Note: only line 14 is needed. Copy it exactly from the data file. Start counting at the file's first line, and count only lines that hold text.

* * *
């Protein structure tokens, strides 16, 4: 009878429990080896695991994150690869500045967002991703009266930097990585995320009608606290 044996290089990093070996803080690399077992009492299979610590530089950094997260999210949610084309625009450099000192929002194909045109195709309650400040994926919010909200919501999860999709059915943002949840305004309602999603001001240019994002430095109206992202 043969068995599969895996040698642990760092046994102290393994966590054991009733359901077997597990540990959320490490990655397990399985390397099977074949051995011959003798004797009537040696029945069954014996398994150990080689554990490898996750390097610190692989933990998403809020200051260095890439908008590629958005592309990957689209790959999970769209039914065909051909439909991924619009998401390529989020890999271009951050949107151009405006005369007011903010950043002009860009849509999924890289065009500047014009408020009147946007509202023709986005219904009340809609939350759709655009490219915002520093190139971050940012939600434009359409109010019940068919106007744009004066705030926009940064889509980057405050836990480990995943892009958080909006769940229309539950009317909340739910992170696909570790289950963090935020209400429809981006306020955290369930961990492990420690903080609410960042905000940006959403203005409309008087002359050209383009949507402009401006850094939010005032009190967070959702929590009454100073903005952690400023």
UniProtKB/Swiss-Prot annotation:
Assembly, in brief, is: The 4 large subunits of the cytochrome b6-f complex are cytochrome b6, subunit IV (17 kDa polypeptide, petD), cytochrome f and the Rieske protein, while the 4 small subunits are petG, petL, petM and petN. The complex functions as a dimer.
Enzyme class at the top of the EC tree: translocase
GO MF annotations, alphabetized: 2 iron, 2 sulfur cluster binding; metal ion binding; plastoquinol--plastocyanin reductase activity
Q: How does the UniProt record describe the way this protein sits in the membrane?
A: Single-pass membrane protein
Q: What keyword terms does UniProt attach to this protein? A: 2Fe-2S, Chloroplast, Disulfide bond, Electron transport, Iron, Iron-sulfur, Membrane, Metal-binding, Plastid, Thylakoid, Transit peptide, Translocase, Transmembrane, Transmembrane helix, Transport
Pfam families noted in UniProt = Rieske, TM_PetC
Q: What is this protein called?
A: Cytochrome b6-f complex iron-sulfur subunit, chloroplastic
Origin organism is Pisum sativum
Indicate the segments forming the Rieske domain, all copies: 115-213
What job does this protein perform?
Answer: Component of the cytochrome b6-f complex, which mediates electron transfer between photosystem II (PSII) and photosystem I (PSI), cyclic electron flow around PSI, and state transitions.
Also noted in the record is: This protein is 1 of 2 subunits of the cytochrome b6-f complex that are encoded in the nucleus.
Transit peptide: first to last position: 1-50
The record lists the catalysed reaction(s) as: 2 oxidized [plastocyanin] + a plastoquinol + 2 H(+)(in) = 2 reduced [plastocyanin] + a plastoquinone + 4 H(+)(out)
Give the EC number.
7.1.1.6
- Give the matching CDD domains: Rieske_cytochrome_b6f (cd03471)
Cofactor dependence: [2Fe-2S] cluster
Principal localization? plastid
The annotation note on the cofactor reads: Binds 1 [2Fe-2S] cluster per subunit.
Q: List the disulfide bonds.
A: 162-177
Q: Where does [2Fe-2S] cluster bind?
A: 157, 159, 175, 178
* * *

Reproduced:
What job does this protein perform?